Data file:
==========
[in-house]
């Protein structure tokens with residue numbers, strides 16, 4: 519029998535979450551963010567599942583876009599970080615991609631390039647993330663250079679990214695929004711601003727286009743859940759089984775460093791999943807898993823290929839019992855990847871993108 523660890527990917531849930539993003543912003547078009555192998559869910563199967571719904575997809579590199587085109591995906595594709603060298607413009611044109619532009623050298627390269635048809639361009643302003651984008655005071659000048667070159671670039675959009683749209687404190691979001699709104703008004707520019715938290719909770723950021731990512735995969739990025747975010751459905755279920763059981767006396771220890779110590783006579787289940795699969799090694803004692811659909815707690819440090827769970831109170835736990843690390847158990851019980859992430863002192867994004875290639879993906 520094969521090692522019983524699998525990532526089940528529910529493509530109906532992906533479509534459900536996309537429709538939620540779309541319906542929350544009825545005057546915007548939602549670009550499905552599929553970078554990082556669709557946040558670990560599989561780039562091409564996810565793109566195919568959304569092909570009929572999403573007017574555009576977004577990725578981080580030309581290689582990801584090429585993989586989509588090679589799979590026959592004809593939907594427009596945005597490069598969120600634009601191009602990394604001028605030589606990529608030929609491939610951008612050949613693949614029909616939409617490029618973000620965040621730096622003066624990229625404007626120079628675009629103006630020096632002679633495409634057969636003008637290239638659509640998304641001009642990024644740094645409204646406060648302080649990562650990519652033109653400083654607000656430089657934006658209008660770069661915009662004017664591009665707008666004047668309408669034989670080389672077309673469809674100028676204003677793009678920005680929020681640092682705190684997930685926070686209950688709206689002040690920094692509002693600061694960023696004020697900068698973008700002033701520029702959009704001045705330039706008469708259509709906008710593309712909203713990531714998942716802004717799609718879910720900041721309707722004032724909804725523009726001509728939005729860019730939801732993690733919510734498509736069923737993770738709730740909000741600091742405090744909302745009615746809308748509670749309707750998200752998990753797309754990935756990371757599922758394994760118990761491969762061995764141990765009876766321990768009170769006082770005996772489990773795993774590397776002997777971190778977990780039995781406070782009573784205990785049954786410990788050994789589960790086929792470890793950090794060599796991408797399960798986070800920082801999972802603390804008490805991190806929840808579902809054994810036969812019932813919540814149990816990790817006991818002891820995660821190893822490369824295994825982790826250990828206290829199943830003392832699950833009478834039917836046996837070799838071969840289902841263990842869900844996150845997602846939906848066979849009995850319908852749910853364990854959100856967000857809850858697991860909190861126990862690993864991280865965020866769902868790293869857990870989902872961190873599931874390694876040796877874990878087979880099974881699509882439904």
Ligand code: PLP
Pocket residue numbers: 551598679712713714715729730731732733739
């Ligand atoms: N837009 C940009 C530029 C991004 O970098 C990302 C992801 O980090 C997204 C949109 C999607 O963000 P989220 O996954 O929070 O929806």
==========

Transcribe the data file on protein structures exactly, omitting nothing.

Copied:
[in-house]
């Protein structure tokens with residue numbers, strides 16, 4: 519029998535979450551963010567599942583876009599970080615991609631390039647993330663250079679990214695929004711601003727286009743859940759089984775460093791999943807898993823290929839019992855990847871993108 523660890527990917531849930539993003543912003547078009555192998559869910563199967571719904575997809579590199587085109591995906595594709603060298607413009611044109619532009623050298627390269635048809639361009643302003651984008655005071659000048667070159671670039675959009683749209687404190691979001699709104703008004707520019715938290719909770723950021731990512735995969739990025747975010751459905755279920763059981767006396771220890779110590783006579787289940795699969799090694803004692811659909815707690819440090827769970831109170835736990843690390847158990851019980859992430863002192867994004875290639879993906 520094969521090692522019983524699998525990532526089940528529910529493509530109906532992906533479509534459900536996309537429709538939620540779309541319906542929350544009825545005057546915007548939602549670009550499905552599929553970078554990082556669709557946040558670990560599989561780039562091409564996810565793109566195919568959304569092909570009929572999403573007017574555009576977004577990725578981080580030309581290689582990801584090429585993989586989509588090679589799979590026959592004809593939907594427009596945005597490069598969120600634009601191009602990394604001028605030589606990529608030929609491939610951008612050949613693949614029909616939409617490029618973000620965040621730096622003066624990229625404007626120079628675009629103006630020096632002679633495409634057969636003008637290239638659509640998304641001009642990024644740094645409204646406060648302080649990562650990519652033109653400083654607000656430089657934006658209008660770069661915009662004017664591009665707008666004047668309408669034989670080389672077309673469809674100028676204003677793009678920005680929020681640092682705190684997930685926070686209950688709206689002040690920094692509002693600061694960023696004020697900068698973008700002033701520029702959009704001045705330039706008469708259509709906008710593309712909203713990531714998942716802004717799609718879910720900041721309707722004032724909804725523009726001509728939005729860019730939801732993690733919510734498509736069923737993770738709730740909000741600091742405090744909302745009615746809308748509670749309707750998200752998990753797309754990935756990371757599922758394994760118990761491969762061995764141990765009876766321990768009170769006082770005996772489990773795993774590397776002997777971190778977990780039995781406070782009573784205990785049954786410990788050994789589960790086929792470890793950090794060599796991408797399960798986070800920082801999972802603390804008490805991190806929840808579902809054994810036969812019932813919540814149990816990790817006991818002891820995660821190893822490369824295994825982790826250990828206290829199943830003392832699950833009478834039917836046996837070799838071969840289902841263990842869900844996150845997602846939906848066979849009995850319908852749910853364990854959100856967000857809850858697991860909190861126990862690993864991280865965020866769902868790293869857990870989902872961190873599931874390694876040796877874990878087979880099974881699509882439904």
Ligand code: PLP
Pocket residue numbers: 551598679712713714715729730731732733739
């Ligand atoms: N837009 C940009 C530029 C991004 O970098 C990302 C992801 O980090 C997204 C949109 C999607 O963000 P989220 O996954 O929070 O929806």